Russia admits to draft problems as anger flares into violence

MOSCOW – The Kremlin acknowledged Monday that its new military draft to reinforce the Russian assault on Ukraine has been rife with problems.

The admission occurred the same day that a man, apparently distraught over the mobilisation, shot and seriously wounded a recruitment officer at a draft office in Siberia.

Since Russian President Vladimir Putin announced a “partial mobilisation” last week to call up 300,000 people with military experience to join the fight, there have been widespread reports of conscription in rural regions that has swept up ethnic minorities and, it appears, people unfit for duty.

Protests have erupted in far-flung cities, recruitment centres have been the target of arson, and thousands of military-age have packed planes and vehicles to flee across Russia’s borders.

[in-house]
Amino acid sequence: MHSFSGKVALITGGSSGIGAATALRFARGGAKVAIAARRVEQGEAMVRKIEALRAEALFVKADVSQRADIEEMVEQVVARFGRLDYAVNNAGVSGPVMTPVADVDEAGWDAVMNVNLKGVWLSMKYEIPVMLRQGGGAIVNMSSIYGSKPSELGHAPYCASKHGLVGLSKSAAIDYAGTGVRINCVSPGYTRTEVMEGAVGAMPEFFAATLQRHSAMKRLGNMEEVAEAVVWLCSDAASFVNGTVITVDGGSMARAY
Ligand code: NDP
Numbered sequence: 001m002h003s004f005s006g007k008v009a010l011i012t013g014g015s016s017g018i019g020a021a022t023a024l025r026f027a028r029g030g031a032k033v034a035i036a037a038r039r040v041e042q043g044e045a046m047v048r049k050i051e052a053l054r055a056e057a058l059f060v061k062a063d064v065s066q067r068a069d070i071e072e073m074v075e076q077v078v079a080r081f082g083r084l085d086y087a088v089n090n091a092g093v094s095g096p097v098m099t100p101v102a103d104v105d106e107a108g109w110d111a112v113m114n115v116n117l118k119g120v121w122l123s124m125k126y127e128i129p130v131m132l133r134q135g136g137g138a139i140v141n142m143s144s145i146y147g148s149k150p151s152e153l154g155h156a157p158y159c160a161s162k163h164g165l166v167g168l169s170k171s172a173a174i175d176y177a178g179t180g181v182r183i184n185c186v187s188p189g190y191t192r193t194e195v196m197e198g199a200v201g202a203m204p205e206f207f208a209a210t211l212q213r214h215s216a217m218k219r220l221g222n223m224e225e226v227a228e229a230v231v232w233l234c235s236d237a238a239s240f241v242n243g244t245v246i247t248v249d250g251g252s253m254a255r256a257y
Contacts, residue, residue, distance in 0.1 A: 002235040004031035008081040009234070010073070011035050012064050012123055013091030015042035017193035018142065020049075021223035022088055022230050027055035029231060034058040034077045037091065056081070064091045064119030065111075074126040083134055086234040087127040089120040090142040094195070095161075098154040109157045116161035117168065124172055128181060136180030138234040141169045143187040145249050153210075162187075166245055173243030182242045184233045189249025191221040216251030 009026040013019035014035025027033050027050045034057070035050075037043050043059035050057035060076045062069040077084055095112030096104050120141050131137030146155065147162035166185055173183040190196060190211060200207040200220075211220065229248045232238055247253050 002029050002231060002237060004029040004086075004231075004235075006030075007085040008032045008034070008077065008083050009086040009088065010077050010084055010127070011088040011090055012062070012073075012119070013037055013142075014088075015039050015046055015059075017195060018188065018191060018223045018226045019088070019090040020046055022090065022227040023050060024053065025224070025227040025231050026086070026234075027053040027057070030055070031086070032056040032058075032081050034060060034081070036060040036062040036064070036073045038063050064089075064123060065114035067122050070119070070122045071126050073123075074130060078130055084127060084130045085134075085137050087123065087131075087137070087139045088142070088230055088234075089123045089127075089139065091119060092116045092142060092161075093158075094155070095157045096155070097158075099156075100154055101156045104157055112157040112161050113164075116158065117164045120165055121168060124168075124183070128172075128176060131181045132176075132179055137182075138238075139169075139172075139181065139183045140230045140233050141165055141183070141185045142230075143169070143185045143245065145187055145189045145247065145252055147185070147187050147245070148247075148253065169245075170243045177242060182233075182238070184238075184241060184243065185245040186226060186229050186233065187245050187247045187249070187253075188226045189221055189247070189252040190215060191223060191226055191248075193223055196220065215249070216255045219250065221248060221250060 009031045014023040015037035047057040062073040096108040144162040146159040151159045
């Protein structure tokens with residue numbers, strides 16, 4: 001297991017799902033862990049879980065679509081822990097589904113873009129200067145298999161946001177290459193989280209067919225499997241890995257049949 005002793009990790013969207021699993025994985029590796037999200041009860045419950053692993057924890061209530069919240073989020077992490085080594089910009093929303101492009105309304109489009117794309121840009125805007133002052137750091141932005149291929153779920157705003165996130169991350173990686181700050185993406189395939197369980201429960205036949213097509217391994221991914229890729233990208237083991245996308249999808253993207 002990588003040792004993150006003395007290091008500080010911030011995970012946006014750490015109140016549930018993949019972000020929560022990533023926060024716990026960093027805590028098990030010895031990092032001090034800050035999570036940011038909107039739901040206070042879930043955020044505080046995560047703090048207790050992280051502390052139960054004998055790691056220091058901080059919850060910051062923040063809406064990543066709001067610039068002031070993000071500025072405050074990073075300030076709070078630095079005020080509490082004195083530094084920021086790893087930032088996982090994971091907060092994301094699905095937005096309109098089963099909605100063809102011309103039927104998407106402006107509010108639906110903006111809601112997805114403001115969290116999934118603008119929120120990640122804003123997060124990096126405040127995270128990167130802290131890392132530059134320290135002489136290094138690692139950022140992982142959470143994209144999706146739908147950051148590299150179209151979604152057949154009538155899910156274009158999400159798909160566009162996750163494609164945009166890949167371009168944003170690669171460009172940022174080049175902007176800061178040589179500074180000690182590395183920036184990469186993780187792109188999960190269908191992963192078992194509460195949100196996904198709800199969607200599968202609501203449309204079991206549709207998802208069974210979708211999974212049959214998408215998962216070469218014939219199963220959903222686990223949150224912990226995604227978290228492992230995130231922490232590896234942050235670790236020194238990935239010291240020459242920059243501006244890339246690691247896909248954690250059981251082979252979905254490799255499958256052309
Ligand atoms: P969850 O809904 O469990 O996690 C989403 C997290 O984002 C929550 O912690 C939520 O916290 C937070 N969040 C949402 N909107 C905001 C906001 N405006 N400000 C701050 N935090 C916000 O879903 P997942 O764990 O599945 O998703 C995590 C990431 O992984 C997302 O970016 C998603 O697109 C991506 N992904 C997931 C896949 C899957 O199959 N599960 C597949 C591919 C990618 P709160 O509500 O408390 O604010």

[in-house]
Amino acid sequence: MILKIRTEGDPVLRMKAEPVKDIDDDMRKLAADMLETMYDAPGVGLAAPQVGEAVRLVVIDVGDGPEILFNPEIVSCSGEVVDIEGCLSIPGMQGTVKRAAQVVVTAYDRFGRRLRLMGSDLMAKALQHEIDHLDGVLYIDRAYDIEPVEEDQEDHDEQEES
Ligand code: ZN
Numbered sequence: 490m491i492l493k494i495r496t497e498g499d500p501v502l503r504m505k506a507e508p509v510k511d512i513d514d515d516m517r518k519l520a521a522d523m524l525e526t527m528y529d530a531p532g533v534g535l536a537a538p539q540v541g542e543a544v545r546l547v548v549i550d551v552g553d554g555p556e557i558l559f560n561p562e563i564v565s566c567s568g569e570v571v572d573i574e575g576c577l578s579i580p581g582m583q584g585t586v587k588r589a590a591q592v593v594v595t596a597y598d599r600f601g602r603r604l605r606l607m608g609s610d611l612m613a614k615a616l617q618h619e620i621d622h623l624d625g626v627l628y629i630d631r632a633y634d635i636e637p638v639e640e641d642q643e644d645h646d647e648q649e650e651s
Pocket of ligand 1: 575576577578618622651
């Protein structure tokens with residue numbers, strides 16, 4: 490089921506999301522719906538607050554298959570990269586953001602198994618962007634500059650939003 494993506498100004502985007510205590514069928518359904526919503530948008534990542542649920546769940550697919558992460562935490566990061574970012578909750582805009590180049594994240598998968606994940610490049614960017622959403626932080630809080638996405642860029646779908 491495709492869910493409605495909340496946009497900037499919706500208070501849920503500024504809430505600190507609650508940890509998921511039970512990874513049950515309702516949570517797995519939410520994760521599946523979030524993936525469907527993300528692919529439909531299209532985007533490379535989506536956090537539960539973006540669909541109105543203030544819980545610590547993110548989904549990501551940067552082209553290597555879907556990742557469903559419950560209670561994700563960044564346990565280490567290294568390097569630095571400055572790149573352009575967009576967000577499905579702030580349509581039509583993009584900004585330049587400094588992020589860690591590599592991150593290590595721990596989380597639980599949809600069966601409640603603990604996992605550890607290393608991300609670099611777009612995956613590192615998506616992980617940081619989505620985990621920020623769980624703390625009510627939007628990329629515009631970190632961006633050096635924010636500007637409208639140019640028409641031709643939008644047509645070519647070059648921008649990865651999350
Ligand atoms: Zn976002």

The Kremlin’s spokesperson, Mr Dmitry Peskov, acknowledged Monday that there have been irregularities in the call-up, but he tried to shift blame to the local authorities carrying out the mobilisation among resistant civilians across the country.

“There are cases when the decree has been violated,” Mr Peskov told reporters. He said the problems were being addressed.

Analysts say because of Russia’s supply problems and heavy casualties in the war, the Kremlin will most likely struggle to train and equip the new recruits.

“The lack of military trainers, and the haste with which Russia has started the mobilisation, suggests that many of the drafted troops will deploy to the frontline with minimal relevant preparation,” Britain’s defence intelligence said Monday. “They are likely to suffer a high attrition rate.”

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